Buffalo Herds Increase: Bison Grow in Numbers since 1889 by 5,432 Animals, Daily Racing Form, 1919-01-07


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BUFFALO HERDS INCREASE Bison Grow in Numbers Since 1889 by 5,432 Animals. Story of Hmr the Great and Typical American Bijc Game was Saved from Extinction. The annual report of the American Bison Society just issued tells that the herds of buffalo under the United States government supervision not only show :i satisfactory increase, but a noticeable improvement in quantity and appearance over the original stock. Among theso herds will be found some of the largest anil most magnificent siecimens of this noble and historical animal. Col. Charles Goodnight, the well-known breeder of buftalo and catalo. after a recent inspection of the Wichita herd, proclaimed them to be the largest and fbiest buffalo he had ever seen. It might be remarked, incidentally, that Col. Goodnight was brought up in the buffalo eountrv. laid out the Goodnight trail in 1800, and is known as the "Father of the Panhandle of Texas." The society exacts shortly to establish two more herds, one in the Pisgah National Forest and Game Preserve in North Carolina and the other in Sully Hill Park. North Dakota. Edmund Seymour, president, and Martin S. Gar-retson, secretary, report that during the year the society has received some valuable donations of old buffalo guns, bows, arrows and other implements and weapons used in the extermination of the great herds of bison; also donations of clippings, "old prints, photographs and other interesting matter relating to the buffalo. The societv is collecting for its permanent records all historical data that can be obtained, so that hereafter any student of American bison history mav find everything at hand in the society records that he may wish relating to the species. Bison are in parks in twenty-nine states and the District of Columbia. The United States government maintains six herds, containing 75S animals, as follows: Montana National Bison Range, 200; National Zoological Park, Washington. D. C, eighteen: Niobrara. Reservation, Nebraska, fourteen; Wichita National Forest and Game Preserve, Okla-homc, ninety-two; Wind Cave National Game Preserve, South Dakota, thirty-four, and Yellowstone National Park, Wyoming, 400. Bison have increased in numbers since 1SS9 by 5,432 animals. The herd in 1SS9 totaled 1,091; today it numbers 0,523. "BUFFALO" JONES GRAPHIC STORY. The American Bison Society and all those who love the buffalo are indebted for all time to C. J. "Buffalo" Jones for his early work as a practical conservationist. A large number of the living pure-blooded buffaloes alive today came from calves "Buffalo" Jones captured. How lie roped them alone and protected them until aid could come he told briefly in a letter to Mr. .Seymour. Jones writes: "I will tell vou the story of how the great American bison was saved. I roped eight calves and saved them, although the wolves and coyotes were there by hundreds. As soon as I caught one. I tied my hat to it. as I know the brutes never touched aiivthing tainted with the fresh scent of man. The next mv coat, then my vest, then my boots, and last my socks, thus protecting seven. "The eighth I picked up in my arms and rode back to the seventh, as it was surrounded by wolves and coyotes. When I arrived where it was bound down, I saw the vicious brutes snapping at the sixth one, so I reached down and drew Up the seventh one and galloped back to the sixth to protect it. I let the two calves down, one with legs tied and the lasso around the eighth calfs neck, the other end of the rope around my horses neck. The strain was so great I fainted, but revived when my boys came up and gave me some whisky we had for snake bites." . Theodore Roosevelt, who is the honorary president of the societv, the object of which is the permanent preservation and increase of the American bison and the orotcction of North American big game, calls the buffalo the most distinctive animal on this continent. lie says of tin: buffalo: "The biggest of the American big game, probably, on the whole, the most distinctive game animal on tills continent, the animal which played the greatest part in the lives or the Indians, and which most deeply impressed the imaginations of all the old hunters and early settlers." , , At one time buffalo were so thick on the plains that it would take a herd of bison twenty-live days to pass a given point. When the American Bison Society was formed a census showed only 1,071 animals of pure blood in the United States. These were owned mostly by private individuals. Thoughtless people inquired: "Why should the buffalo be preserved? He has had his day. served his purpose, and must make way for civilization. Like the Indian, he must go. SEYMOURS APPEAL FOR BISON. I A properlv qualified conservationist and sportsman to answer such a question is Mr. Seymour. Savs.Mr. Seymours "There are two views as to why the buffalo should lie preserved one sentimental or ideal, the other practical or commercial. The former is the one that appeals, I think, to most Americans who have a pride and love of their country. We stand for the ideal and spend our monev for sentiment. The bison society appealed to Congress on the ideal ground, and it was sufficient. "The buffalo is the most conspicuous and the largest of all native American game animals, hardy, strong and of impressive majesty. The artists of the government have reproduced his head or figure for our bills and coins. Take a five cent piece from jour pocket and look at the buffalo. It stands for something! It is identical with the sentiment of our country. "It is not generally known that in the early colonial days buffalo inhabited practically all the eastern states as well as the great plains in the west. The earlv pioneers, the men of 49, often deimnded upon the buffalo for their existence. Jo commemorate their early struggles and dangers is a sufficient reason why this animal should lie preserved to the descendants of those early settlers. The mothers of those days some of them are still alive mav remember when they were given in their courting davs good, thick buffalo robes to keep them warm," and I think the ladies will vote to preserve the buffalo. "How about the real American the Indian? His tribal life is fast breaking up and he is being absorbed in the melting pot for the future great American type. His descendants have a right to insist that his history shall be preserved anil that this animal, which was a part of his daily life and furnished his food, clothing, shelter and fuel, shall not become extinct. "Before the white man came and taught him to drink whisky, the Indian was a good citizen; he was kind, brave, a good father and husband, a true friend ami generous without limit. In the early days you could always trust an Indian, but the old saying of the Indian about the white man was: White man mighty uncertain. "For centuries the Indian was largely dependent on the buffalo and only killed what he needed. ATter the hunter had taken his part the rest went to the tribe and was used. He was a game protector and conservationist of the first order. I have stood at Medicine Rocks in South Dakota and counted without moving over 100 skeletons of buffalo killed by white men merely for their hides and tongues; all the rest was left to the wolves. "On my ranch in Montana a few years before I nut in my cattle, one outfit of white hunters killed 3.700 head of buffalo. Good roads were afterward made in that country to haul out the buffalo bones. It is a wontfr.r. alio is left. The white man loing largely responsible for the extermination of the buffalo, it is his duty to preserve the soecies. Should not our children and their childrens children see and know this wonderful animal, so distinctive and closely related to our ancestors?"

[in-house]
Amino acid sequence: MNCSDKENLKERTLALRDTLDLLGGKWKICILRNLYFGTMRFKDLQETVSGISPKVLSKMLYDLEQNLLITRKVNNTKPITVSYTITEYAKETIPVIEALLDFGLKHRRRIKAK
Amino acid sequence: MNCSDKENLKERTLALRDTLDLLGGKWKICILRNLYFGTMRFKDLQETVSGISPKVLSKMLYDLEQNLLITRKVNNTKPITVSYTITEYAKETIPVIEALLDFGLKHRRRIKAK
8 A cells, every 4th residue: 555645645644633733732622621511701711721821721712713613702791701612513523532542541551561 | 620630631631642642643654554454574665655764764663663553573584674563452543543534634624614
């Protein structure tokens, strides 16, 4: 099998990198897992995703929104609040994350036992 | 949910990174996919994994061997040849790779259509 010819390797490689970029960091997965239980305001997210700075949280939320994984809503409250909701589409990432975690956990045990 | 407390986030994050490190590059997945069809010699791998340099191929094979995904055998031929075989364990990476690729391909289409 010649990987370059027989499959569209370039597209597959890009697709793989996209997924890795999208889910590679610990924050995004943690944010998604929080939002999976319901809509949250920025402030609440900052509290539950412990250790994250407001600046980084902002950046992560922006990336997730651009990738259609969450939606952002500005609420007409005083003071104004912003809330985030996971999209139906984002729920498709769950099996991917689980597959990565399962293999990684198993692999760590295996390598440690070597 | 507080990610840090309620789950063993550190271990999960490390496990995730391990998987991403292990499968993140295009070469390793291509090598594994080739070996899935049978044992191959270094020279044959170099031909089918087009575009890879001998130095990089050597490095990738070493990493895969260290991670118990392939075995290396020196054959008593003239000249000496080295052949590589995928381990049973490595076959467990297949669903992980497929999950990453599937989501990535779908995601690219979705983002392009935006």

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Library of Congress Record: https://lccn.loc.gov/unk82075800